Baby seals on the beach

Young gray seal
Young gray seal

This December on the beaches of Vlieland (an island at the north of the Netherlands) gray seals bring up their offspring. The newborn pups are white. After about five weeks they start to get their adult colors and from that moment on, they are able to swim.

Mamma seal keeps a close eye.
Young seal swimming
Young seal swimming

Protected species
These seals live in the Wadden Sea, an intertidal zone in the southeastern part of the North Sea forming a shallow body of water with tidal flats and wetlands. It is rich in biological diversity.

In the Middle Ages gray seal were exterminated by humans in the Wadden Sea. Around 1950 the first gray seals were seen again in the Netherlands. Since the 1980’s their population is increasing to healthy levels. Gray seals are nowadays a protected species in the Netherlands.

#zeehonden #vlieland #grijze zeehond #grey seal

A sad before and after, what happened to my favorite city forest?

As a landscape photographer, I want to find and photograph nature in (almost) pristine spots or places that have escaped urban or rural planning. When I return to a place that I’ve photographed before, it happens seldom that it has changed for the better. Many times, once beautiful places are gone forever due to greed of mankind.

wh vliegenbos
Before: What the city forest used to look like in June.

WH Vliegenbos in Amsterdam used to be a small city forest with a wealth of biodiversity. After a brutal attempt to make the forest more attractive for visitors, it looks like a mutilated city park. The once rich undergrowth has been removed and the forest is ‘thinned’ of larger trees to give more light to smaller trees. This affects the bird population since smaller trees lack good nesting opportunities. With removing the undergrowth small animals – like hedgehogs – are disturbed during their hibernation and left homeless.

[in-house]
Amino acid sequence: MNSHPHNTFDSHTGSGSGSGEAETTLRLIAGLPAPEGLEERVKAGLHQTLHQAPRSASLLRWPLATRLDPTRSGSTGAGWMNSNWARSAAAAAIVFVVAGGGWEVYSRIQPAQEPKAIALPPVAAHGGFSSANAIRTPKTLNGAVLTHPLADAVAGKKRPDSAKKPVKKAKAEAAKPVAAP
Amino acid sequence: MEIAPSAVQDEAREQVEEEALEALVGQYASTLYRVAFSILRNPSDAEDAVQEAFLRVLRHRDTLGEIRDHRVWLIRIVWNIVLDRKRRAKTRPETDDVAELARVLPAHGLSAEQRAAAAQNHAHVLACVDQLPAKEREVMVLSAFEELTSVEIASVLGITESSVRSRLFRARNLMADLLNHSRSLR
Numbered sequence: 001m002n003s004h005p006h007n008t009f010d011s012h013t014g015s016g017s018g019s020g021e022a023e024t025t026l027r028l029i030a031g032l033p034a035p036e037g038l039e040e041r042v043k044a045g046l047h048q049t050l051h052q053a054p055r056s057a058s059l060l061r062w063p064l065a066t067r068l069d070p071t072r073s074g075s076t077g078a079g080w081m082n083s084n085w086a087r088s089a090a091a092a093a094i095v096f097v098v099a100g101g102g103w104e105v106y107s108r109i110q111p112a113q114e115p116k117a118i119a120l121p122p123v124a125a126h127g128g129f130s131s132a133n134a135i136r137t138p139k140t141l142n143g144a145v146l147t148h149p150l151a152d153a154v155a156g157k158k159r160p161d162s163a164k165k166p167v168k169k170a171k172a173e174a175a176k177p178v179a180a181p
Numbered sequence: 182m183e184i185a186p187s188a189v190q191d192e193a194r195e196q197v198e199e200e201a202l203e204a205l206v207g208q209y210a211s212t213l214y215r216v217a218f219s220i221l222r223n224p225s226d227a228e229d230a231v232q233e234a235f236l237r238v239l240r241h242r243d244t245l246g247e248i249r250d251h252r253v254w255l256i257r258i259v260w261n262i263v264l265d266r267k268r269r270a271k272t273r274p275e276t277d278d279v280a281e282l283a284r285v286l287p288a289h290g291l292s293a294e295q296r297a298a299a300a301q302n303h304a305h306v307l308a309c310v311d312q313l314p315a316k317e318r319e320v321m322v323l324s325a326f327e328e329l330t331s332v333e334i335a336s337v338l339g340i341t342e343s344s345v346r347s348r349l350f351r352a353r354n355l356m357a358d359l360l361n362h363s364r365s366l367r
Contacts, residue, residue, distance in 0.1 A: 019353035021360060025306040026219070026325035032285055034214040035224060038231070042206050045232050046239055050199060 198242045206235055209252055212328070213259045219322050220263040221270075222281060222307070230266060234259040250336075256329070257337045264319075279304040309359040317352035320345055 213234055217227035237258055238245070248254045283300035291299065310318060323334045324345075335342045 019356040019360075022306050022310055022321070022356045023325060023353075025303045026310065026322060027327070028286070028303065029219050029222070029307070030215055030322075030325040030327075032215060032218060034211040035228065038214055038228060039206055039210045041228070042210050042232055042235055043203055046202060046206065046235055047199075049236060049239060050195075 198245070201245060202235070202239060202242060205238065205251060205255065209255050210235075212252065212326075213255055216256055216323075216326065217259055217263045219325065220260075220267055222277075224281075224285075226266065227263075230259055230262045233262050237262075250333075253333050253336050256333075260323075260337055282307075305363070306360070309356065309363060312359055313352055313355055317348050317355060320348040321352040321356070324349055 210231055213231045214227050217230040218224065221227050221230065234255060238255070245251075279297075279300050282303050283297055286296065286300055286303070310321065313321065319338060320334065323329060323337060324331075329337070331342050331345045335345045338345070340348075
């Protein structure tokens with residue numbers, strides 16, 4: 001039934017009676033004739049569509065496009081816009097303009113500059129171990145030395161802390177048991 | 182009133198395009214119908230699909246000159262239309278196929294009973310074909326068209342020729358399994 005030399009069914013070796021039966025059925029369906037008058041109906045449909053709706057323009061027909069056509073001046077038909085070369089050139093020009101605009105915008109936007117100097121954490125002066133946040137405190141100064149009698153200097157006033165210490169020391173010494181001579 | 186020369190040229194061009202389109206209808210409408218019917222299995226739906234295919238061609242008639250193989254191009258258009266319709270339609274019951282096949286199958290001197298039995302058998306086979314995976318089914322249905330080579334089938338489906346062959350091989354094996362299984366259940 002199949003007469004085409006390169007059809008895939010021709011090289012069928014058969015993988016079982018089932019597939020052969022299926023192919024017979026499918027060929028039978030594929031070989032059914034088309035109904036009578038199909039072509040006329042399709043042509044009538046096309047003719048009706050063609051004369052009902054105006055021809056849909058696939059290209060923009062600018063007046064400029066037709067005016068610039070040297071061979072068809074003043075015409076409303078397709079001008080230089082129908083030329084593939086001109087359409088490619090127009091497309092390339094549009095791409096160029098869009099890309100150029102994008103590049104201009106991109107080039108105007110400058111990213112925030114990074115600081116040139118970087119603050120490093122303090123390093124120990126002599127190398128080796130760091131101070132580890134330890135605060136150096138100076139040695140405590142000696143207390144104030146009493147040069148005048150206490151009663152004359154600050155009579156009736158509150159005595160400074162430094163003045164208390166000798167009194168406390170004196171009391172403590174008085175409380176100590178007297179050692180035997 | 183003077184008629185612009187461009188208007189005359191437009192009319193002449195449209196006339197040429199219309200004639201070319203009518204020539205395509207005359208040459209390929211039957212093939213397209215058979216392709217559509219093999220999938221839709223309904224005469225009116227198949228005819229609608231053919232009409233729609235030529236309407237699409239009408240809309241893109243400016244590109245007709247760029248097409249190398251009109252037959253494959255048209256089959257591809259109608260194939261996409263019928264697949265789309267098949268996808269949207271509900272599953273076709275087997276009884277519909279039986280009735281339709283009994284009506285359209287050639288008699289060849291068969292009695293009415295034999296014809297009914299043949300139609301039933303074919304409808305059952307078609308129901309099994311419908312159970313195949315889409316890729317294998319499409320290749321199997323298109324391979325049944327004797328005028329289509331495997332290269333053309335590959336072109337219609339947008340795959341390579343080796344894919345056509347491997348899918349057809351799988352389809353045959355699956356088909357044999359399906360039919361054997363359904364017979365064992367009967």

After: a mutilated city park in January

Toxic waste

New cycling paths have been laid, which in itself is no that bad. As a base for the asphalt layer, toxic building waste is used containing plastic and other pollutants.

Toxic building waste, soon to be covered with asphalt and to be removed by future generations.

Why is this happening?

Before: a wealth of biodiversity

Why do people want to make a forest neat by cutting and growing it again? For millions of years nature could do very well without us. I suspect the city of Amsterdam is using park maintenance as an excuse to make money by selling wood as bio based fuel. To quote John Muir* “God has cared for these trees, saved them from drought, disease, avalanches, and a thousand tempests and floods. But he cannot save them from fool”.  I hope that my favorite city forest will recover in the years to come.

After the carnage: why do people cut trees first and put this pathetic little one back?

* A Scottish-American naturalist, author, environmental philosopher and early advocate for the preservation of wilderness in the United States His activism has helped to preserve the Yosemite Valley, Sequoia National Park and many other wilderness areas.